All around us we find tons of books, websites, and other information about food and nutrition. What we should eat and what not, what foods to avoid for diabetes, what foods to eat to lower cholesterol and what foods to avoid for weight loss. Zillions of nutritionists, dietitians, physicians, nurses, body builders and quacks have made millions writing such books. Most of these books, however, cater to the western food habits. Their meal suggestions, recipes and nutritional information cover only the kind of diet that we Indians hardly eat in our daily lives. Some diet books lightly touch upon some of the Indian foods but they are severely limited to the typical north Indian recipes like tandoori chicken or chicken tikka masala. But if you are a Bengali, then CTM (as they call chicken tikka masala in UK) appears rarely on our diet. We would be interested in knowing whether chhaanar dalna is a healthier meal than shorshe ilish.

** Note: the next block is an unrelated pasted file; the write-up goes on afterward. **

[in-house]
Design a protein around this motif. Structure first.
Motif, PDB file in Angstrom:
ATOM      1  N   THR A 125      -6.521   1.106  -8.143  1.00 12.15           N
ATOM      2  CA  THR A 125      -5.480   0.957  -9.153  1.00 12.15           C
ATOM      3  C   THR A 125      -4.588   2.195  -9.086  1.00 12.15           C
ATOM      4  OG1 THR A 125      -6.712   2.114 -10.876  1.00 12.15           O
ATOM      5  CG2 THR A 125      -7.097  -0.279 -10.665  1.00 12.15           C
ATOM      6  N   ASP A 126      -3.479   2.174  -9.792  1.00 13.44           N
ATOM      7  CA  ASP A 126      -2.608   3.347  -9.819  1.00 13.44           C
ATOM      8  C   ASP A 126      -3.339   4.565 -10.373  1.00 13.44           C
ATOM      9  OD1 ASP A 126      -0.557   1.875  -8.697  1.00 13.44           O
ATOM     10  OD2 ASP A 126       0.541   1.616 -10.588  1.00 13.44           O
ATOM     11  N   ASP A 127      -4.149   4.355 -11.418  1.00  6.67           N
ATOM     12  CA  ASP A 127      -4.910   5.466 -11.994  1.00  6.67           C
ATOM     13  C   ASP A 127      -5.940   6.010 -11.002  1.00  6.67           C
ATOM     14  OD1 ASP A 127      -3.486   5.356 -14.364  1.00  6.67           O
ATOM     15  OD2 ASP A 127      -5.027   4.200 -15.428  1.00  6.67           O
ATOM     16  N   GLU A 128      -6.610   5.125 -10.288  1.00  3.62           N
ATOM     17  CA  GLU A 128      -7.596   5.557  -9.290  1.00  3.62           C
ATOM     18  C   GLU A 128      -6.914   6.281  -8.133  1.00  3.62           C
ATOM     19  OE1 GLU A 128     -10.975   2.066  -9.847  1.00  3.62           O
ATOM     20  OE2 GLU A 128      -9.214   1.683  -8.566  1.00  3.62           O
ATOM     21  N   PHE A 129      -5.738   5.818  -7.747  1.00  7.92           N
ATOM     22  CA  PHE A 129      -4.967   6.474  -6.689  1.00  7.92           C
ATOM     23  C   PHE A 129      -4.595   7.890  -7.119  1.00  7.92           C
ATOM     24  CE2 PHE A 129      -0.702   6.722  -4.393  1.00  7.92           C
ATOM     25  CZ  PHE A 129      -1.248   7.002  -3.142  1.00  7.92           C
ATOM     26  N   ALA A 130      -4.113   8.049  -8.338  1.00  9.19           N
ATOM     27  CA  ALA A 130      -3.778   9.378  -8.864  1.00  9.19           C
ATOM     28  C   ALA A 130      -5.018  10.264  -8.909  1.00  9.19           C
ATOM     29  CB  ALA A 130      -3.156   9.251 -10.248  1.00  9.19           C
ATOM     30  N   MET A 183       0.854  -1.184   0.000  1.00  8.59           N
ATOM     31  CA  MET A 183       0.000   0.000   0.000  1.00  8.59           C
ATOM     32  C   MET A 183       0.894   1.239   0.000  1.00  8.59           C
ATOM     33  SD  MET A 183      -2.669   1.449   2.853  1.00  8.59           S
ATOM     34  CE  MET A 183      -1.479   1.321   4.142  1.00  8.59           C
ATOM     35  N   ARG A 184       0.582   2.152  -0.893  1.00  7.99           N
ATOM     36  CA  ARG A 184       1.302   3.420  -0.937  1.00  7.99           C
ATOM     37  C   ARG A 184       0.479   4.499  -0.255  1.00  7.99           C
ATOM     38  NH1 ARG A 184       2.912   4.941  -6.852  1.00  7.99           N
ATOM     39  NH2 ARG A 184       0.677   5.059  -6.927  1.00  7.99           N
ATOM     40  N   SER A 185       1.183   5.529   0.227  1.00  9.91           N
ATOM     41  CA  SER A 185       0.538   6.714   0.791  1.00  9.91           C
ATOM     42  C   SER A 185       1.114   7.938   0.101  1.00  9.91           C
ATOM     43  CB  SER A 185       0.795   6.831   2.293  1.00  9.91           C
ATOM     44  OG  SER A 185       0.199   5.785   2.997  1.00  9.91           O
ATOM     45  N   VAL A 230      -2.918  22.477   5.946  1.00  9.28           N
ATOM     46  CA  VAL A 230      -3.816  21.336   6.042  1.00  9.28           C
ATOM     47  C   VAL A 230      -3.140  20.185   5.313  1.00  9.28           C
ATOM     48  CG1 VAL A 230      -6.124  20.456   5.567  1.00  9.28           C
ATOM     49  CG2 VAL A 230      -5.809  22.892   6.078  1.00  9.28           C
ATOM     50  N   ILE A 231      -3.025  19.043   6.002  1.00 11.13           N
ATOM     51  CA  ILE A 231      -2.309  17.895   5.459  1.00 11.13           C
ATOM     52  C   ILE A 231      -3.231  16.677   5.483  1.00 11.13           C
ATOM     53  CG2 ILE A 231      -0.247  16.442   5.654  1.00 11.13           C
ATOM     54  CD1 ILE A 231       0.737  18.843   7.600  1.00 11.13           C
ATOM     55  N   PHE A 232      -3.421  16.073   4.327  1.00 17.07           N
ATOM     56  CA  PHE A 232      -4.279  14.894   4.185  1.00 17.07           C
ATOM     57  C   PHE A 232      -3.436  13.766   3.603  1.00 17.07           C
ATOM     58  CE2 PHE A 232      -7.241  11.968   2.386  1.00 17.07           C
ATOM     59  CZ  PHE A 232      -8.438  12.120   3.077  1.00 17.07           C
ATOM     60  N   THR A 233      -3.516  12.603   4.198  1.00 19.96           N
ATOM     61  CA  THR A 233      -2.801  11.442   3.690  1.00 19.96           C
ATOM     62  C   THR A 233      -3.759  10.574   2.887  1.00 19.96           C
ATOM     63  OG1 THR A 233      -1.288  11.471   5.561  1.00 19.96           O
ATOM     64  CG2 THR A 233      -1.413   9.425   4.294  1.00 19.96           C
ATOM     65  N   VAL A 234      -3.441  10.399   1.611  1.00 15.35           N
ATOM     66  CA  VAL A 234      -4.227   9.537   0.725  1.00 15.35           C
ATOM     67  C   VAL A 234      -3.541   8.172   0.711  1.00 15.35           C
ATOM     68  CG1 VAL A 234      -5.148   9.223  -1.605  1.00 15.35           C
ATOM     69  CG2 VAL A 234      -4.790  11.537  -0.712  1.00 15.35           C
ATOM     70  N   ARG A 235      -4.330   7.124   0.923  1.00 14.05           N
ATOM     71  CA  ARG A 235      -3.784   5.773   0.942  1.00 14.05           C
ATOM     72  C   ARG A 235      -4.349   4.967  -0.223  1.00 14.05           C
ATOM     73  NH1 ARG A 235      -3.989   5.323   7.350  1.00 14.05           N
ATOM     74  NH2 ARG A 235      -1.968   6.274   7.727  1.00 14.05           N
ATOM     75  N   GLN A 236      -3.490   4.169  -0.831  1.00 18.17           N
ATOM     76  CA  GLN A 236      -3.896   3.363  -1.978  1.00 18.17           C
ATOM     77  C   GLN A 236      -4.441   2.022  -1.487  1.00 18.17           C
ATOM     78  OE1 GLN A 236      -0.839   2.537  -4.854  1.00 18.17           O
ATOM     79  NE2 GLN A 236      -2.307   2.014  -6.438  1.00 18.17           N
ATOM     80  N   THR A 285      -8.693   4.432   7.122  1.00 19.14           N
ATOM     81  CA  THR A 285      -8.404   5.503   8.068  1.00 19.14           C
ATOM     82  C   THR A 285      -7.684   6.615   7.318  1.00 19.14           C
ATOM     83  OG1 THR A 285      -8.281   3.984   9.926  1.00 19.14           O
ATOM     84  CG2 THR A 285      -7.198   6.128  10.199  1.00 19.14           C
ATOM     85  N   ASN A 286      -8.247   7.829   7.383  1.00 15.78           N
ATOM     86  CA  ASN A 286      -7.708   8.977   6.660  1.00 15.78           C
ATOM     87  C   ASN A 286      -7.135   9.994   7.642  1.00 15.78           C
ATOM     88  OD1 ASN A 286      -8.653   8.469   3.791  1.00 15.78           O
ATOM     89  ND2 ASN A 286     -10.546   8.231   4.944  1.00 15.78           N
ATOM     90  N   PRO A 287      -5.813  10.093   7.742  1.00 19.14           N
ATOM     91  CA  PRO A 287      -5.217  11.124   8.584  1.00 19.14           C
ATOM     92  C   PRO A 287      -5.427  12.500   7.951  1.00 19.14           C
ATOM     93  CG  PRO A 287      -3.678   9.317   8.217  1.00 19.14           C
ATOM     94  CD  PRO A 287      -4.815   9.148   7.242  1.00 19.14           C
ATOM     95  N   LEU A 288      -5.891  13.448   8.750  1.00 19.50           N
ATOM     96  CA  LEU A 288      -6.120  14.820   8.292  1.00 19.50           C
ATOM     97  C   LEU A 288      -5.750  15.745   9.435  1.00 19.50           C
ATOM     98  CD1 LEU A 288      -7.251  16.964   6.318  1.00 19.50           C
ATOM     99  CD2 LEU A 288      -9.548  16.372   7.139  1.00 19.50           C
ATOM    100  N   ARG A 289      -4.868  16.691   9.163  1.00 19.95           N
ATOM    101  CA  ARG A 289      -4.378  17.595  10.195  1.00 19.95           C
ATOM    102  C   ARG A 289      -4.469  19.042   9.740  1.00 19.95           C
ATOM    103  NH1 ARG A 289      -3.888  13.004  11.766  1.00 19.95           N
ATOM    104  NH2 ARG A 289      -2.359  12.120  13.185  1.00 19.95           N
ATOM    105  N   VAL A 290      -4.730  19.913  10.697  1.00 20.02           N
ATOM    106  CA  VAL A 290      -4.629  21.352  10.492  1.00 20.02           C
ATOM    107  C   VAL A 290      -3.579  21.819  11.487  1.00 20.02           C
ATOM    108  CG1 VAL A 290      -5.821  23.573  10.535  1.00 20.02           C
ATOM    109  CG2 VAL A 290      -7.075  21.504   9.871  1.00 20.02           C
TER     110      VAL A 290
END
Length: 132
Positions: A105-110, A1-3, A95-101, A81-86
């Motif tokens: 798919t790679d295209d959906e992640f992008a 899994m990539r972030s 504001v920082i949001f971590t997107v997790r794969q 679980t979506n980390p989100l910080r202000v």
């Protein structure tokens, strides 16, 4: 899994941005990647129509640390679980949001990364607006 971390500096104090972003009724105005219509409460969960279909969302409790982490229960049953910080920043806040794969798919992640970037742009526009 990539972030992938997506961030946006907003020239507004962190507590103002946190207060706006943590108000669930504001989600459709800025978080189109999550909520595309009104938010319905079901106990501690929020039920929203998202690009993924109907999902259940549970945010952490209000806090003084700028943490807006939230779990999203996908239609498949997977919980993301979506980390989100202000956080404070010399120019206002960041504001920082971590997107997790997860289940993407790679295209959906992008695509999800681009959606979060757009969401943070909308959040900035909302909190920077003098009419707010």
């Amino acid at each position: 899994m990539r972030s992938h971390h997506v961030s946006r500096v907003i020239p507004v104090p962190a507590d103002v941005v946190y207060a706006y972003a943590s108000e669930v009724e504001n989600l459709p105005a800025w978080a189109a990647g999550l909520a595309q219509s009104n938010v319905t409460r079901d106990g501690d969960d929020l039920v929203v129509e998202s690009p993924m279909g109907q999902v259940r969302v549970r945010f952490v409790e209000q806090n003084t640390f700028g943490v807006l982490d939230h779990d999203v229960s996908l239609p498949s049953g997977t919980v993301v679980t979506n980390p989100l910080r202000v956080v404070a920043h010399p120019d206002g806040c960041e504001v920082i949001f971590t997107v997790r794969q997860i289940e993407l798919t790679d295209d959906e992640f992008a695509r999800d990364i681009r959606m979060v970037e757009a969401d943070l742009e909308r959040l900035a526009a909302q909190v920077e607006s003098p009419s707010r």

Few months ago, a friend of mine forwarded me an e-book (a pdf file) titled “Indian Foods: AAPI’s Guide to Health, Nutrition, and Diabetes”. This book, written by a team of experts appointed by the American Association of Physicians of Indian Origin (AAPI) provides an invaluable guide to the Indians living in America to make some sense of their diet in terms of healthiness. The best part of this book is that it contains chapters pertaining to the regional foods of India. For example, in its chapter on Bengali and Oriya cuisine, the author provides a table (no pun intended) showing a typical Bengali diet and how it can be modified to make it healthier.
I’d like to welcome you all to download this book by clicking on this link. AAPI is distributing this book for free. I thank AAPI for providing this valuable resource.
Indian Food and Nutrition